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November 1, 2023 by Sue Ercolini - Views: 58

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As a child I loved to play outside and why not?  We didn't have cell phones or computers, we had the old Royal typewriter or the IBM Selectric at school.  It was fun to play with for a short period of time trying to learn the keyboard…the quick brown fox jumped over the lazy dog, remember?    But it did not compete with being outdoors in the fresh air or playing touch football with the neighborhood kids!  And, a sign of good luck was when a ladybug landed on you as it often did. We would recite the rhyme ´Ladybug, ladybug fly away home´ and blow on it to help it on its way.  I wonder if this still happens in this age of electronic devices!

S678-1.jpgS678-2.jpgLadybugs are loved by the world and are known for their red and black spots on their wings.  And despite being commonly mistaken as a bug, they actually are beetles and are known as ladybird beetles or lady beetles to scientists.  Legend has it ladybugs were named after the Virgin Mary or Our Lady.   In the Middle Ages swarms of aphids threatened crops and European farmers prayed to the Virgin Mary for assistance.  Apparently, she listened, sending in swarms of ladybugs that ate the destructive pests.  The thankful farmers called the insects ´our lady´s beetles´.  And, how interesting that our late President Lyndon Johnson's wife was nicknamed Ladybird.  A nickname given to her by her nurse, Alice Tittle who commented that she was as pretty as a ladybird.

Ladybugs are common this time of year as they start looking for places to spend winter.  When temperatures drop, ladybugs ´overwinter´ (a type of hybernation) under leaves, rocks and tree bark, and some in the nooks and crannies of our homes.  To stay warm, they usually huddle together in large groups called  a ´loveliness of ladybugs´.  This helps them conserve resources and brings males and females together for reproductive purposes. 

S678-3.jpgS678-4.jpgIn the spring when temperatures reach 55 degrees when food usually becomes available, they break out of their hibernation to search for aphids, scale, mealy bugs, fruit flies and other pests.  They produce a  pheromone to lure mates.  The females can store the sperm for 2 to 3 months while she looks for aphid colonies.  She lays up to 300 tiny, yellow eggs on the underside of leaves right in the middle of the colonies to provide her baby larvae with ample food when they appear in 2 to 5 days.  They look like little black alligators with orange spots or strips.  The adult ladybug can eat up to 75 aphids a day but the larvae can eat up to 10 times as many.  Three weeks later, they develop a hard case and begin a resting stage called the pupae.  A week later, a fully developed ladybug emerges with a bottomless appetite for aphids!!!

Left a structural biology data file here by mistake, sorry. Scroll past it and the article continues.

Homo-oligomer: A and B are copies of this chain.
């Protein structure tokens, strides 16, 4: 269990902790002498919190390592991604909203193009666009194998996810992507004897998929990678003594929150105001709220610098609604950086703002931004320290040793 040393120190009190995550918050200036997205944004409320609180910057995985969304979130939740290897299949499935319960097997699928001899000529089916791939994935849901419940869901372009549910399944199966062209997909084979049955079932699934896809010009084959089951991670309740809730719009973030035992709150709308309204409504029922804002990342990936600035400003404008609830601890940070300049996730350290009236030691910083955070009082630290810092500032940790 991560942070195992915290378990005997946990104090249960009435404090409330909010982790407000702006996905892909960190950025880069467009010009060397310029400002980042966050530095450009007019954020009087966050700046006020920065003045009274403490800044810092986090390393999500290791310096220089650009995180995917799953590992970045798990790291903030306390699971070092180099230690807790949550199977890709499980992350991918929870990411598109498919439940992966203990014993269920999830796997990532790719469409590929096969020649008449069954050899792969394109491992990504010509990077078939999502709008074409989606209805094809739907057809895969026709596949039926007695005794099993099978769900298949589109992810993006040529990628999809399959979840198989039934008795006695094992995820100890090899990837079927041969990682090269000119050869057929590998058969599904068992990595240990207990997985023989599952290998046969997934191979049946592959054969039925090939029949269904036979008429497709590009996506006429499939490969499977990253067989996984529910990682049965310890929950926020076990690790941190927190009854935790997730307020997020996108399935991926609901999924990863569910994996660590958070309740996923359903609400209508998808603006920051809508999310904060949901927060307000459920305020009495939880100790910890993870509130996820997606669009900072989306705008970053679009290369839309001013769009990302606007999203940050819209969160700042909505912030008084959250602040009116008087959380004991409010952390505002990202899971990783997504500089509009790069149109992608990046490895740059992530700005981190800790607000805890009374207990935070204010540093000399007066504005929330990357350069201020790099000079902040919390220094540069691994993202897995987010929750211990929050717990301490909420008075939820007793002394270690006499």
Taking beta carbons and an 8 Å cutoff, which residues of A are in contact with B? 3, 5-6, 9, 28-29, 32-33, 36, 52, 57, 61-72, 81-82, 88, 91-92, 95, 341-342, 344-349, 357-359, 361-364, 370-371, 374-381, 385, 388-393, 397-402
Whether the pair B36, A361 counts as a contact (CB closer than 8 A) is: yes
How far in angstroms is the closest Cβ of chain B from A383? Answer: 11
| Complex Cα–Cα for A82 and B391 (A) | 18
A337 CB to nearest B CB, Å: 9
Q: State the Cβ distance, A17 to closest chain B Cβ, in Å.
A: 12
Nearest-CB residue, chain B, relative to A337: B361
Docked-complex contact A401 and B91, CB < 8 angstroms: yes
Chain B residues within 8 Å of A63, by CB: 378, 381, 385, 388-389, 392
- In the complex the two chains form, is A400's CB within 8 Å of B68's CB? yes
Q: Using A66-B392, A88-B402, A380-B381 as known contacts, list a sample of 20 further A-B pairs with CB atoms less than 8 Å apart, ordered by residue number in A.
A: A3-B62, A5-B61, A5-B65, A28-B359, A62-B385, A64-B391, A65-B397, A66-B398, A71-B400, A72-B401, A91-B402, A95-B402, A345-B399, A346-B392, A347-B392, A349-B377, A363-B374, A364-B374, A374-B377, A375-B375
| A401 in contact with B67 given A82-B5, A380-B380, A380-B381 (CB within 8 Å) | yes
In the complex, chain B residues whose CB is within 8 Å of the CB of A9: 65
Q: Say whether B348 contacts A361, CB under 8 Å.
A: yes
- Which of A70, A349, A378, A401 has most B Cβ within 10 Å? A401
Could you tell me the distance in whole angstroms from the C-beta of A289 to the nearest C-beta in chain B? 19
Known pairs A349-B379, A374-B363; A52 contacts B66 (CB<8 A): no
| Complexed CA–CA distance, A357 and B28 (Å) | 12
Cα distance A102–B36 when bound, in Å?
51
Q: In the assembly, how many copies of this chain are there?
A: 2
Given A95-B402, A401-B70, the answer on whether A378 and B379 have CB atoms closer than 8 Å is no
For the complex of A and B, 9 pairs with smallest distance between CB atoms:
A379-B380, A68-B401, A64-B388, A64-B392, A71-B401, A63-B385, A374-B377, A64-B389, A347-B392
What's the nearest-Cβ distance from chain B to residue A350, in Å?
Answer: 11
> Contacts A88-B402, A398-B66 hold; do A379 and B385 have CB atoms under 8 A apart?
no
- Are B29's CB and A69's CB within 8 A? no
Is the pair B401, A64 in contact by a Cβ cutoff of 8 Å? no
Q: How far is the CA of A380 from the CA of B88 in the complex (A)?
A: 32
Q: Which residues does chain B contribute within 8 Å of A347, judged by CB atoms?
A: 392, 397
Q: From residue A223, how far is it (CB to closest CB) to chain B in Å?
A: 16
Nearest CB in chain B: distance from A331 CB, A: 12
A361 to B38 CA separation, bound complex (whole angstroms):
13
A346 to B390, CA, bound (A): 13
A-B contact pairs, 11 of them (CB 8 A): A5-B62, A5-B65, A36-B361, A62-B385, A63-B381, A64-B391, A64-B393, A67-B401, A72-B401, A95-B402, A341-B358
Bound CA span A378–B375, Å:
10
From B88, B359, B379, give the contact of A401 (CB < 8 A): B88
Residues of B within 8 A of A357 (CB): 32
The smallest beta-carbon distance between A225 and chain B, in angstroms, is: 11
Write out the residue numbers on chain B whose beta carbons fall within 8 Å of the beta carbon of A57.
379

Its body has a head with mouth parts, compound eyes, and antennae; thorax with 3 pairs of legs and two pairs of wings; and, abdomen with the organs for digestion, respiration and reproduction .  The first pair of wings is the outer red and black dot hard shell called the ´elytra´ that protects the flight wings underneath.   When the ladybug takes flight, the elytra opens, and the thin, veined wings unfold.  These wings can flap up to 85 times per second but only if it's above 55 degrees…cooler weather they crawl.  They have been clocked at 37 miles per hour at 3,600 feet.  The adult can live for over a year.

S678-5.jpgAlthough we associate ladybugs with red shells and black spots, there are many color and shape variations and some have no spots at all.  This should come as no surprise, considering there are over 4500 species of ladybugs worldwide and over 400 in the United States with 11 in South Carolina.  The most common ladybug is the red, seven-spotted beetle that overwinters outside.  The species of ladybug you see inside your home in the fall is the Asian lady beetle native to China, Russia, Korea and Japan.  In the 1970s our State Department introduced these beetles for chemical-free pest control of our agricultural crops and national forest.  Asian lady beetles can be a light orange to a bright red with many black spots, and can usually be identified by a white area behind the head with a small black M or W, depending on how you look at them.  They are also beneficial to both farmers and gardeners but can be a nuiance.  The Asian lady beetles like to overwinter inside our homes and give off an odor including a yellow substance that can stain walls and carpets if disturbed..don't squash them!  And, they may be one of the causes for the decline of our native ladybugs.

Ladybugs are friends of the garden.  They feed on insect eggs, aphids and other pests.  Worldwide, they are seen as omens of good luck.  They are the official state insect of Delaware, Massachusetts, New Hampshire, Ohio and Tennessee.  How interesting that such a tiny insect can make such a vast difference in the world…ladybug fly back home to me!■

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